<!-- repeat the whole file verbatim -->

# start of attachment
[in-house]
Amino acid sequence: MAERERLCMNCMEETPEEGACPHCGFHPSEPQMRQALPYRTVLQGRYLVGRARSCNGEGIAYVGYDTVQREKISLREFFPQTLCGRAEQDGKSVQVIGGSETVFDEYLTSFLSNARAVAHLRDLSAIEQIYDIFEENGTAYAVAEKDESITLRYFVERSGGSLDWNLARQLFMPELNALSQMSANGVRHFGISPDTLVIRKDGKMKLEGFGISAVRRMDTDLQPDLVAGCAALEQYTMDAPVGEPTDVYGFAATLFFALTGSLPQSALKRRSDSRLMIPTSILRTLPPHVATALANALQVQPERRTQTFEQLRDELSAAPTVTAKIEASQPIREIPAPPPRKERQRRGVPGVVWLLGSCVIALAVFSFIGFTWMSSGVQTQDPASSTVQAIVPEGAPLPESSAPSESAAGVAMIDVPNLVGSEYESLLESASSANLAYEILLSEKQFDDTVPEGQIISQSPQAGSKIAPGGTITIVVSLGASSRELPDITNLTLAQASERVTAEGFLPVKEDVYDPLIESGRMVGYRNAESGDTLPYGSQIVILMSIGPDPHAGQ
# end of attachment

[in-house]
Amino acid sequence: MAERERLCMNCMEETPEEGACPHCGFHPSEPQMRQALPYRTVLQGRYLVGRARSCNGEGIAYVGYDTVQREKISLREFFPQTLCGRAEQDGKSVQVIGGSETVFDEYLTSFLSNARAVAHLRDLSAIEQIYDIFEENGTAYAVAEKDESITLRYFVERSGGSLDWNLARQLFMPELNALSQMSANGVRHFGISPDTLVIRKDGKMKLEGFGISAVRRMDTDLQPDLVAGCAALEQYTMDAPVGEPTDVYGFAATLFFALTGSLPQSALKRRSDSRLMIPTSILRTLPPHVATALANALQVQPERRTQTFEQLRDELSAAPTVTAKIEASQPIREIPAPPPRKERQRRGVPGVVWLLGSCVIALAVFSFIGFTWMSSGVQTQDPASSTVQAIVPEGAPLPESSAPSESAAGVAMIDVPNLVGSEYESLLESASSANLAYEILLSEKQFDDTVPEGQIISQSPQAGSKIAPGGTITIVVSLGASSRELPDITNLTLAQASERVTAEGFLPVKEDVYDPLIESGRMVGYRNAESGDTLPYGSQIVILMSIGPDPHAGQ